Rehoming a Newfoundland
Have you thought about rehoming a newfoundland? My dogs' breeder had two of her dogs returned to her because they got too big! Did the people think the puppy was going to shrink?
Some of the other excuses are equally as feeble, some are unbelievable!
- He sheds hair all over the place - what the hairiest dog in the world? Fancy that!
- We have redecorated and he doesn't go with the new colour scheme - yes, really, I did read that one!
- We have a new puppy and he doesn't get on with it - so if your older child doesn't like the baby, you get rid of the older child?
- I thought he would be housetrained, but he isn't - dogs, apparently, figure it out for themselves
- I am expecting a baby and I am afraid of the germs - this one really gets to me. More germs on a baby than on a dog.
- I didn't know he would get that big - err, the words "giant breed" should have hinted in that direction
- I am allergic to him - while people can suddenly develop an allergy, the ads I have read with this excuse are usually from people who also have another dog whom they are keeping
- I can't walk him; he is too big - so find a good trainer, use a headcollar, harness, whatever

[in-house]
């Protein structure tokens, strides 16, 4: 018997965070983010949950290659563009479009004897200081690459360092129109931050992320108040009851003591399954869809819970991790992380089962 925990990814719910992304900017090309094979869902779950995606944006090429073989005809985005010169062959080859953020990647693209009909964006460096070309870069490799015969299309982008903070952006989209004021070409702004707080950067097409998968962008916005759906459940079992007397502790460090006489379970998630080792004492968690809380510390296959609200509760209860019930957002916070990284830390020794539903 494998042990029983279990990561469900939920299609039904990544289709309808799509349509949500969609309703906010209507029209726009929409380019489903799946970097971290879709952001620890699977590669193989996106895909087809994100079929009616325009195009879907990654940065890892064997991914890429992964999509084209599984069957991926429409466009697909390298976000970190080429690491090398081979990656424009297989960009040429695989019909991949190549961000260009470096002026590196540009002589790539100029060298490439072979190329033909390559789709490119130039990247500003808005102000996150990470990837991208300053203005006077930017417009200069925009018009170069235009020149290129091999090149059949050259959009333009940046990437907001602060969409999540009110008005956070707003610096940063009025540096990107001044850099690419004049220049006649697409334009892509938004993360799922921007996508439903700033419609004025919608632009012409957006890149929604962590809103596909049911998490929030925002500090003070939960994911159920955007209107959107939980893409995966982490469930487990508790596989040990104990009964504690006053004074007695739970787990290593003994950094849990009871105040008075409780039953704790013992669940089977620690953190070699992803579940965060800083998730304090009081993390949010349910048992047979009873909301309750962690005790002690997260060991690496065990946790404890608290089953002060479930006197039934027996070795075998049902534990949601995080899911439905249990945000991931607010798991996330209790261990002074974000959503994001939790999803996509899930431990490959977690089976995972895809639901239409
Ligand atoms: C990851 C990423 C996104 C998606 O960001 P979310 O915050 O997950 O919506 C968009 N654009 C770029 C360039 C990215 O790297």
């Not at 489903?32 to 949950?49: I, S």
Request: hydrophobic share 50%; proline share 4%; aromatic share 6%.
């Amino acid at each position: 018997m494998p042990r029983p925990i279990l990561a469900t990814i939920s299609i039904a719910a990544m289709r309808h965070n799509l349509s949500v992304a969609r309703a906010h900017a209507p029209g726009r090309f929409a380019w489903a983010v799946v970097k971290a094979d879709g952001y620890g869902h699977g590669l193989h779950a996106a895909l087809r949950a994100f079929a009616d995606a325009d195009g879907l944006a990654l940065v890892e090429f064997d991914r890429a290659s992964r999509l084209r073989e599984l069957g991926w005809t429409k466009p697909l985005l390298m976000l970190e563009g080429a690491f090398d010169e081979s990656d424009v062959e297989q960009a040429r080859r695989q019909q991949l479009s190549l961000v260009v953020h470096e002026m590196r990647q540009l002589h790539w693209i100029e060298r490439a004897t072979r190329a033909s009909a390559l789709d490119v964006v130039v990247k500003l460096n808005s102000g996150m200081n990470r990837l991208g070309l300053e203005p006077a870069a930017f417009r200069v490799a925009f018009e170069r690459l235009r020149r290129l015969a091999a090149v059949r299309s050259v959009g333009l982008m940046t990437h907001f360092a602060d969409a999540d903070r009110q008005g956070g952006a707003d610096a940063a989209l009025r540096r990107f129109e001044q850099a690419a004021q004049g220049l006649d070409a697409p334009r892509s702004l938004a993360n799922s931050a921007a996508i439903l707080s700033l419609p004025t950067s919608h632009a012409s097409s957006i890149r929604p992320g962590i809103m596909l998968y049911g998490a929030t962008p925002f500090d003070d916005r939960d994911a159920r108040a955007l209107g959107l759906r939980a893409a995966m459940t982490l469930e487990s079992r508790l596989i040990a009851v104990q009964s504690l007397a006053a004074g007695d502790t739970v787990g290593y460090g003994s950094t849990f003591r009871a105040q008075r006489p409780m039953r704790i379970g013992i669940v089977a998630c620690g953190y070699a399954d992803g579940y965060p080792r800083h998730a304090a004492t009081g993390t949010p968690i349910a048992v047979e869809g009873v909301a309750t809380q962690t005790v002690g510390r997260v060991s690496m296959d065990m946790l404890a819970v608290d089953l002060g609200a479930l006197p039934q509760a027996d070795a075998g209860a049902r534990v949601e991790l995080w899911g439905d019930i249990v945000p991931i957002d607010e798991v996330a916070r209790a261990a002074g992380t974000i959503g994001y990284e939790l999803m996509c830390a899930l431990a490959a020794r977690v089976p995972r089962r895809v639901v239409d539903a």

- He makes the house dusty - if you are houseproud, don't have a dog, any dog
- My mother breeds Shar Peis and when they are in season, my dog goes mad! - So get him neutered
- We are moving to a new house and we don't want it messed up - What is more important, the dog or the house? If it is the house, you should never have a pet at all.
A former friend of mine adopted a little mongrel from the animal shelter. A few weeks later, the dog had been returned to the shelter and when I asked why, she said that: "he kept looking at me". Amazing! You note I said "former friend".
You may never know the dog's true history when you adopt a newfoundland or any other dog. People are not honest, feel embarrassed, and they tell lies just to get rid of the dog as soon as possible.
It is good to know the dog's history when you consider training, but sometimes the dog will give signals himself.
Is there something he is afraid of? Rolled up newspapers, loud noises. Does he flinch if someone puts their hand above his head? Does he run away and hide when he hears you coming? These are all signs that the dog has been ill treated and it will take months of love and care to gain his trust.
Rehoming a newfoundland is a wonderful thing to do, but do be aware of the problems you may face. Fear leads to aggression and this is a massive dog. You must be fully committed to helping him.
From Rehoming a Newfoundland to Newfoundland Dog Rescue
From Rehoming a Newfoundland to Gentle Newfoundland Dogs